These days, high-quality production doesn’t always translate through the methods we listen to music.
It’s about embracing it, though, isn’t it? As soon as we get into the proper stages of mixing, we listen to our music on laptop speakers all the time. You can’t sign off on a mix until it sounds good on a pseudo-broken-down Mac. It’s the same way they did Thriller. It was a big production, but at the time, those mono radio speakers were the only thing that people listened to music on, so they had the world’s worst speaker in the middle of the room and mixed it down on that. Regardless of your love for sonics, a lot of people just want music.
The notion of audio fidelity has always been classist, too.
If fidelity really mattered, Loveless wouldn’t be one of the best records of all time. I’ll tell you what: don’t spend $100 grand on a fucking session at Jack White’s studio. Use ProTools, record it in two weeks, buy a tape machine, master it to tape, learn how to master and mix properly. Learn your craft. It takes a lot of energy and time to not be a purist as a producer. We need to move things forward.
I was listening to “The Man Who Married a Robot” with a few colleagues, and everyone had a different reaction to it.
When we all listened to “Fitter Happier” on [Radiohead’s] OK Computer for the first time, it was scary. “A synthesized voice! That’s unsettling.” Now, you could have “The Man Who Married a Robot” in the background and no one would notice. People buy these voices and put them in their kitchens. It’s so totally part of our environment. If you describe ordering off UberEATS as a robot saying “the collection of cooked animals,” it sounds like the description of a dystopian universe, when it’s actually an accurate description of where we’re at right now.
As a recovering heroin addict, I find it interesting that when there’s things we don’t want to talk about — like how we’re all addicted to our phones — the initial reaction is, “I’m actually fine with my phone, because I’m not addicted to it. I maybe use it a bit too much, but that’s because everyone else uses it.” The rhetoric is that of an addict — immediate and defensive. “Don’t call me out on something I’m so comfortable with. It takes a change bigger than me.” All this bullshit. Because I’ve been forced in my life to address those ideas, they’ve become quite evident to me. No one likes being called out, do they?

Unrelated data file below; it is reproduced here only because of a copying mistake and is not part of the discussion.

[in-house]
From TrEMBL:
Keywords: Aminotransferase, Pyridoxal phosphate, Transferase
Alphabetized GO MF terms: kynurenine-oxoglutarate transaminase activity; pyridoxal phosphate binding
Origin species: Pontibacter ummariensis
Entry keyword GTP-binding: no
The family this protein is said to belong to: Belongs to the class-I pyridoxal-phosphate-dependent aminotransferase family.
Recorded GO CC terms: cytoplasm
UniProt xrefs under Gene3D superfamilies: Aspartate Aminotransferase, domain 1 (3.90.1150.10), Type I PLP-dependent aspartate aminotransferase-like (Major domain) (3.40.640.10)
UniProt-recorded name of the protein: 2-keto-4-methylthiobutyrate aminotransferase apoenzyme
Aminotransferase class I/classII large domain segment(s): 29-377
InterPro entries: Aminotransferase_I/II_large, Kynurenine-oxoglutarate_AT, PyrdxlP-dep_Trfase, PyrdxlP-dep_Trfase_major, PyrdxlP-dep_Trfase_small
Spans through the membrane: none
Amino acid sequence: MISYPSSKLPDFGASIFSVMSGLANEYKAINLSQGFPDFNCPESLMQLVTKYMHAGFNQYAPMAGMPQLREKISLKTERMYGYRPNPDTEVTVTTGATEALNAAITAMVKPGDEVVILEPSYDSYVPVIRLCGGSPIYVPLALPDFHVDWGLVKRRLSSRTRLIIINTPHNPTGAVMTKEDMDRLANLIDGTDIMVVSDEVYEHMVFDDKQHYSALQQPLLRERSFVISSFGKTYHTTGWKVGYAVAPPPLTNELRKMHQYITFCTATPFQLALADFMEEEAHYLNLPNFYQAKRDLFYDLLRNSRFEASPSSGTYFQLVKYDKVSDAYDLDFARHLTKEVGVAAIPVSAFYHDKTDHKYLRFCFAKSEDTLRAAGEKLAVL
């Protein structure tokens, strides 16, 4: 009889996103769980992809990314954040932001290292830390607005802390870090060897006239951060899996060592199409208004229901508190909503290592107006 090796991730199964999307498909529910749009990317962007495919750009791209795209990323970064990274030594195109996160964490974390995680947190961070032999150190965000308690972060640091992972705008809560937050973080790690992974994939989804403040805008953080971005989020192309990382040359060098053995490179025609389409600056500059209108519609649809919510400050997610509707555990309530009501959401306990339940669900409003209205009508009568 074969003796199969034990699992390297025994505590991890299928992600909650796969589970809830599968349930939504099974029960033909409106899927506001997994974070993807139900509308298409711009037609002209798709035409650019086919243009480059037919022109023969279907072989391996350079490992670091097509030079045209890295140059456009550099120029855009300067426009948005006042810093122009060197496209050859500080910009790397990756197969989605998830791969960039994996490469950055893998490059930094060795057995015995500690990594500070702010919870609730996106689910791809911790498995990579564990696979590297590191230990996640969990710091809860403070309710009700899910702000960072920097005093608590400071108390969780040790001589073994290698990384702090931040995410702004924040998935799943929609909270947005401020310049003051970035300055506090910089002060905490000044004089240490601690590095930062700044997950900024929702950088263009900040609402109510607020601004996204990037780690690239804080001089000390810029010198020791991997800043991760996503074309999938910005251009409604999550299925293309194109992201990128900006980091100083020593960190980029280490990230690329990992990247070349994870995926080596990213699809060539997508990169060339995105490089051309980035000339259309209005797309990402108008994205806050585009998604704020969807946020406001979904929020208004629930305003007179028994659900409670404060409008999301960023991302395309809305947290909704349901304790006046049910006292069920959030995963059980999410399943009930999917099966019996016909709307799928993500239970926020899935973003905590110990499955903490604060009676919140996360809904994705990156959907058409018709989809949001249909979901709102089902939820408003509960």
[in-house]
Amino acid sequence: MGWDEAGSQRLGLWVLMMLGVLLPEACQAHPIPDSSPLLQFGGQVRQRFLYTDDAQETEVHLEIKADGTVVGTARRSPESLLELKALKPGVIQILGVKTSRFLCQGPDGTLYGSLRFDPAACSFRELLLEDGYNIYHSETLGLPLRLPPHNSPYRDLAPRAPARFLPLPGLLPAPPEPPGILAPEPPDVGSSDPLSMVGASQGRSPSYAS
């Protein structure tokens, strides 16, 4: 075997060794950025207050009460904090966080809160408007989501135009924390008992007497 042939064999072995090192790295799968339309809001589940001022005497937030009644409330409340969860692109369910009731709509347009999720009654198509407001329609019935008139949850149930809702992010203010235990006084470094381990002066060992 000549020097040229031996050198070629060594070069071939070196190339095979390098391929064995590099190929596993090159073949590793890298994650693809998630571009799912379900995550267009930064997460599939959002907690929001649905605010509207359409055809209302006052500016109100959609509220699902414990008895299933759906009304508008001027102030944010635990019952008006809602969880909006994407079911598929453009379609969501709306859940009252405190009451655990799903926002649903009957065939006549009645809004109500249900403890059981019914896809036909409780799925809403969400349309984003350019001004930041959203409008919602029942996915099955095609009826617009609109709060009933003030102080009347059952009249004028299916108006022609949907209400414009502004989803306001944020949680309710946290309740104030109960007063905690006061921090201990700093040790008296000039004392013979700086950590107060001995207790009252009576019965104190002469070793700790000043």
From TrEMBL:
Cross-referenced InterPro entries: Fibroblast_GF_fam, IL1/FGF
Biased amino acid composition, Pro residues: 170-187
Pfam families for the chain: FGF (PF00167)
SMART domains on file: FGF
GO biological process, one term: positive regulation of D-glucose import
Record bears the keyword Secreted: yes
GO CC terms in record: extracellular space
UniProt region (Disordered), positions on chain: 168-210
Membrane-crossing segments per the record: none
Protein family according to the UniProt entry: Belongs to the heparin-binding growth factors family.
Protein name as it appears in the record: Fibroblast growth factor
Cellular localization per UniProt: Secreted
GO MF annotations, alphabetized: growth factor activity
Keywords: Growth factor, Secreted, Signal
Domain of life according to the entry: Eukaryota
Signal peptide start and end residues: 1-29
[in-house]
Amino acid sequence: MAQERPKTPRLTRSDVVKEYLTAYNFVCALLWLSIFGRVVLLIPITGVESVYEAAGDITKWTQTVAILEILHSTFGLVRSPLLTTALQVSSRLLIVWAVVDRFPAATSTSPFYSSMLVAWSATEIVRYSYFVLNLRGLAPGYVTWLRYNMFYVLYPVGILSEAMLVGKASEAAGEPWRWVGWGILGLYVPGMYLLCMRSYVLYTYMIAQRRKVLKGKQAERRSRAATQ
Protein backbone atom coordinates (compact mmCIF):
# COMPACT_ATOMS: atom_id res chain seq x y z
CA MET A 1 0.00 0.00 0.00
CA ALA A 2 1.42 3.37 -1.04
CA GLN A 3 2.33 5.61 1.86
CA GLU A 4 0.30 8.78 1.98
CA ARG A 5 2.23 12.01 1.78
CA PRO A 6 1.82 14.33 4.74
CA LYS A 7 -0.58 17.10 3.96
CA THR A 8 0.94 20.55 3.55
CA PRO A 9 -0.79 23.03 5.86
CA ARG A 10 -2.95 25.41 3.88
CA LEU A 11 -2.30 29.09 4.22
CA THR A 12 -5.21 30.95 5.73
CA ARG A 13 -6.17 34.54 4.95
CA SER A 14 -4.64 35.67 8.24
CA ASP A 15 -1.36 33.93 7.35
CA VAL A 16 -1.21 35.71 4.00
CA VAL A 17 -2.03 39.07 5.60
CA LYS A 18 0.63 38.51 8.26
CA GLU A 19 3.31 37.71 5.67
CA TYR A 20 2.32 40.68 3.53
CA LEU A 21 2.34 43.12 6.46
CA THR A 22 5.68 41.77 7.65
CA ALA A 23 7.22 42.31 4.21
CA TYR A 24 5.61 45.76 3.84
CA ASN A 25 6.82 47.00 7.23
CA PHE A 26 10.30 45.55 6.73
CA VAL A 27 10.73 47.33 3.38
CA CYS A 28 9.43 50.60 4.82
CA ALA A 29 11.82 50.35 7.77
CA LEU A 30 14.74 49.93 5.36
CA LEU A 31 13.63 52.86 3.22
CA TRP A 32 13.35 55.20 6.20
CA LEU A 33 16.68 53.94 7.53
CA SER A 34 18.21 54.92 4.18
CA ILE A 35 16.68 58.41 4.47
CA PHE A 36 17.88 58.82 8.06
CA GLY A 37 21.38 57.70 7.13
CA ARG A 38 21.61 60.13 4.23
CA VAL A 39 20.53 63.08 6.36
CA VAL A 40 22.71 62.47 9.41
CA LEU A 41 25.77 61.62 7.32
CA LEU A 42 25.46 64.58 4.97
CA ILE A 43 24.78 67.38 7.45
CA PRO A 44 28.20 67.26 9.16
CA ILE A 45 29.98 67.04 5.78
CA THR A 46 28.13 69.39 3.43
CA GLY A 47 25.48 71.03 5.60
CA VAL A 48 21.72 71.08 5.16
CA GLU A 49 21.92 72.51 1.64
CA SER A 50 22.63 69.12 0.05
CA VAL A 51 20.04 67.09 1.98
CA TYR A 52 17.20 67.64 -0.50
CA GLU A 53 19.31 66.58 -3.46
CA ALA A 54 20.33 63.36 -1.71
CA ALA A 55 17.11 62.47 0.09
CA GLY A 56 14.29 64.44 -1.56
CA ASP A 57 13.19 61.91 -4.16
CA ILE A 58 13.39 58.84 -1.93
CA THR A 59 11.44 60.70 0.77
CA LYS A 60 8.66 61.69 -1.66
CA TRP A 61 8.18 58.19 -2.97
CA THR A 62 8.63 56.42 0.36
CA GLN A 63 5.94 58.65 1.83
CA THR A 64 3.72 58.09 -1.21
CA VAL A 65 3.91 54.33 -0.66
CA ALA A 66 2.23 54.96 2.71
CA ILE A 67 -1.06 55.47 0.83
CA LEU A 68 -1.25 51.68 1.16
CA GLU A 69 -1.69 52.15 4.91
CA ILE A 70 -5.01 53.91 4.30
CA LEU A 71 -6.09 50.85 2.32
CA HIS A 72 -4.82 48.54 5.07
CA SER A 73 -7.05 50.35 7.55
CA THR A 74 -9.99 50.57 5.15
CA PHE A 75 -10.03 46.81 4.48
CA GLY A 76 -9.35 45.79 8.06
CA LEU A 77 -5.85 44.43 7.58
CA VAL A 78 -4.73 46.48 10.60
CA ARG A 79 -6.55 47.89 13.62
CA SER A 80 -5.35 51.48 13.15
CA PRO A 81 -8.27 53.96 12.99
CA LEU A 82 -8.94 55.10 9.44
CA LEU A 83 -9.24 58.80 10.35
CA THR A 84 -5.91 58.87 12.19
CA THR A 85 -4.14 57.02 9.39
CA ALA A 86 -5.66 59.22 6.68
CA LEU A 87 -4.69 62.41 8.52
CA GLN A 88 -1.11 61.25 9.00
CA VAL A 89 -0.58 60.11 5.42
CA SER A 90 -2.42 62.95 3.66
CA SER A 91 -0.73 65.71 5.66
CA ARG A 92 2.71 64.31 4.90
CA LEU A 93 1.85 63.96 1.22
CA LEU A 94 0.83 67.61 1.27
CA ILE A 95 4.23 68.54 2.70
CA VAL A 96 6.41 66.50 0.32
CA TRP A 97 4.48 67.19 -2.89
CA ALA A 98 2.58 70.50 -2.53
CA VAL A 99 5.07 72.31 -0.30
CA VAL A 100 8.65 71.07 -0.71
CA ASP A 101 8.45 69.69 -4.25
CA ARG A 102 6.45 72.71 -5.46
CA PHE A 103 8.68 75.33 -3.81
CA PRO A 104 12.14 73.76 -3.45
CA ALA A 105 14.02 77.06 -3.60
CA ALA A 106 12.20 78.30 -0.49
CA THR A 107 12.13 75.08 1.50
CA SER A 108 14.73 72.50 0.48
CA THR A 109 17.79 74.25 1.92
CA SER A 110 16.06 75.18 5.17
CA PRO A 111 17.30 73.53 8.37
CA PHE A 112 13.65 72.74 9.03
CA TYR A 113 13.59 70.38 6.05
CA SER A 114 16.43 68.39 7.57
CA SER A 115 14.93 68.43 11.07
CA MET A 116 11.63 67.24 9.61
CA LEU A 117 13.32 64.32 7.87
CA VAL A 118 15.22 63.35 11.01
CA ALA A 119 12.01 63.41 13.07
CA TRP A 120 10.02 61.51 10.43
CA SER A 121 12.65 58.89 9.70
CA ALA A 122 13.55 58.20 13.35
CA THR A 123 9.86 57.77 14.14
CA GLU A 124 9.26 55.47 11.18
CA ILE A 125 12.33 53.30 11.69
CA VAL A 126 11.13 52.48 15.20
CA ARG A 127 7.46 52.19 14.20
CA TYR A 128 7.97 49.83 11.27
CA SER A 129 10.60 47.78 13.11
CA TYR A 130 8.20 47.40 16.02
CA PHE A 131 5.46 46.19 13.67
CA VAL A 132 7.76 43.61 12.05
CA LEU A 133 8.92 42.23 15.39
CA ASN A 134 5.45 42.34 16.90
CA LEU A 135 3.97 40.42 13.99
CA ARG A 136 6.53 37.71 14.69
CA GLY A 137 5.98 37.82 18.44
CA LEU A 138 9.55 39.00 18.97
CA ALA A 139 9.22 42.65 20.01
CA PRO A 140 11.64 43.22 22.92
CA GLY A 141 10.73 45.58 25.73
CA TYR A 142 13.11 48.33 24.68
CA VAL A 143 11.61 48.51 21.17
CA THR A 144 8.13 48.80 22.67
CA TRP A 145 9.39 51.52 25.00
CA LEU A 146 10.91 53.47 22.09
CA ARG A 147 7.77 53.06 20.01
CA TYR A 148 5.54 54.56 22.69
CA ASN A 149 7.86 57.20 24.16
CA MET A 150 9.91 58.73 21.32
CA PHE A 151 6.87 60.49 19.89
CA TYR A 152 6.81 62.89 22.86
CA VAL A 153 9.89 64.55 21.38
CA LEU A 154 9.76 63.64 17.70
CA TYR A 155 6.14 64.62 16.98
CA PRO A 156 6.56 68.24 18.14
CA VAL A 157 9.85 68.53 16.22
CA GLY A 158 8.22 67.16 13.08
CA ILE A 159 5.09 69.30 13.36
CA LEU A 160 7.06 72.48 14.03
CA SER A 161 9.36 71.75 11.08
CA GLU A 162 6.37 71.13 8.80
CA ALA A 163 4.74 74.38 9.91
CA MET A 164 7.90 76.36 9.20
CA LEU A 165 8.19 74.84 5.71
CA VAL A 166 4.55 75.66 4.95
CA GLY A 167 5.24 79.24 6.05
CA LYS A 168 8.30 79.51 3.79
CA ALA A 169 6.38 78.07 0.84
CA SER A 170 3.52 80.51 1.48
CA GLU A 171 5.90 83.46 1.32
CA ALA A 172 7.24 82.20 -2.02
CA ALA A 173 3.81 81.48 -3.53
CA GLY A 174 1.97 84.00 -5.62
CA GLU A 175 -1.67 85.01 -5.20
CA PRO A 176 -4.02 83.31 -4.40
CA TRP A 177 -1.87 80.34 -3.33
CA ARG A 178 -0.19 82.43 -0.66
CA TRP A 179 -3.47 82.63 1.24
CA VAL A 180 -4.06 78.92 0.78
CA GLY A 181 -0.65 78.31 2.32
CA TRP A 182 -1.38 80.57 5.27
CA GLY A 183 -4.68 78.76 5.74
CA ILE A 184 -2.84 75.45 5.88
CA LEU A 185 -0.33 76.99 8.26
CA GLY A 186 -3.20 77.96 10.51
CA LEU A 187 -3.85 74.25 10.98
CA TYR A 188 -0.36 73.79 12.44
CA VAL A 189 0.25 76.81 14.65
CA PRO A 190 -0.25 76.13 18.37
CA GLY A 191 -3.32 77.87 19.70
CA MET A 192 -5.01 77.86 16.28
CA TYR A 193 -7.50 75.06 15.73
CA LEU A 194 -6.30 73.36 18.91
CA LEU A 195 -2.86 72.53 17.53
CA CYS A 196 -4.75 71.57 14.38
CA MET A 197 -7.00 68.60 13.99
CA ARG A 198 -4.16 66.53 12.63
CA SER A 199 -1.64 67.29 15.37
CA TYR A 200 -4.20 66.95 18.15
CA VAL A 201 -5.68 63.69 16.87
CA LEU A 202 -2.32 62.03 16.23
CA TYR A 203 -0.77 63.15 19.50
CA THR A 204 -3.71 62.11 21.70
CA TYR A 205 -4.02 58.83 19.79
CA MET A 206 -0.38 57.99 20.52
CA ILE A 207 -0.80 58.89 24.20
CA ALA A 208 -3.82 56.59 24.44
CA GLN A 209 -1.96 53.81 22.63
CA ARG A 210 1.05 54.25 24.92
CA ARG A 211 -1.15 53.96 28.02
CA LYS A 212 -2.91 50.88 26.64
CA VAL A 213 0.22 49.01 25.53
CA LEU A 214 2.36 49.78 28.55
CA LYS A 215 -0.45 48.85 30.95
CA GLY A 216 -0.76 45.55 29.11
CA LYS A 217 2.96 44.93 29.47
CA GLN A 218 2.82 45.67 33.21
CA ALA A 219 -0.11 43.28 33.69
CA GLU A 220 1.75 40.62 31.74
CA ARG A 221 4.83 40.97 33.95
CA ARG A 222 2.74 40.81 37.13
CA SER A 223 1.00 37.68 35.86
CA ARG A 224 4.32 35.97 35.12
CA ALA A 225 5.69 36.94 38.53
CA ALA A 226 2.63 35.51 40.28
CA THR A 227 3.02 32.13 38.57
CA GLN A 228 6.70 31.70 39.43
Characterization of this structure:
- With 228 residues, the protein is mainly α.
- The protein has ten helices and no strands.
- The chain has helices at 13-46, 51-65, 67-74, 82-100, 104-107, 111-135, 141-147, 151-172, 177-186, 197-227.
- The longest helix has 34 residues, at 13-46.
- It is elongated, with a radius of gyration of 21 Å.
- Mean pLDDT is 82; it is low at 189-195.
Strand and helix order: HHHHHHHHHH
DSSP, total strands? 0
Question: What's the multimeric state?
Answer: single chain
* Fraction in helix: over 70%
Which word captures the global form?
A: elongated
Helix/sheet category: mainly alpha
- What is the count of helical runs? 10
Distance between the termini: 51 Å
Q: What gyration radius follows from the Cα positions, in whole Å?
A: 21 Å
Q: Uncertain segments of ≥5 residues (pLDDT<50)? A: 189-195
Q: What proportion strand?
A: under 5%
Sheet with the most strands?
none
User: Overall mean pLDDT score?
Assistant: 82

There’s also a lot of good examples of bad music that’s about digital life and technology.
I’d agree with you, it’s a bit lame. “The robots are coming!” Throughout making the record, I really struggled with questions of the objective. It’s me asking questions, even at my most passionate. “Love It If We Made It” is really objective — there’s no opinion there. I’m signposting passionately and angrily, but I’m asking questions and saying, “I hope this is gonna be alright.” I’m opening up dialogue to talk about this, and the reason that it sometimes doesn’t work is because people judge. I’m never judging anybody. As soon as I see something beautiful or interesting, my first reaction is to get my phone out and film it or take a photo. That’s how I live my life, and it’s because we feel a desire to validate our experiences by sharing it with other people and seeing what they think about it. I’m as guilty as everyone else.
Someone drew a comparison to how Jack White bans phones [from his shows]. For the last couple of years, I have this part in our set where I try to empathize with everybody and say, “Just trust me, let’s do one song with no phones, and I promise you that the memory of now that we’ve established will be far more potent than a video on your phone.” It’s about reminding people that they don’t need to constantly oblige to these norms that we’ve created about the validation of one’s experience in order for it to mean anything. It’s not about saying, “Oi, dickhead, put your phone away!” You put your phone away, then! It requires intellectual consistency. Let’s not pretend that things haven’t changed. Things are always gonna change.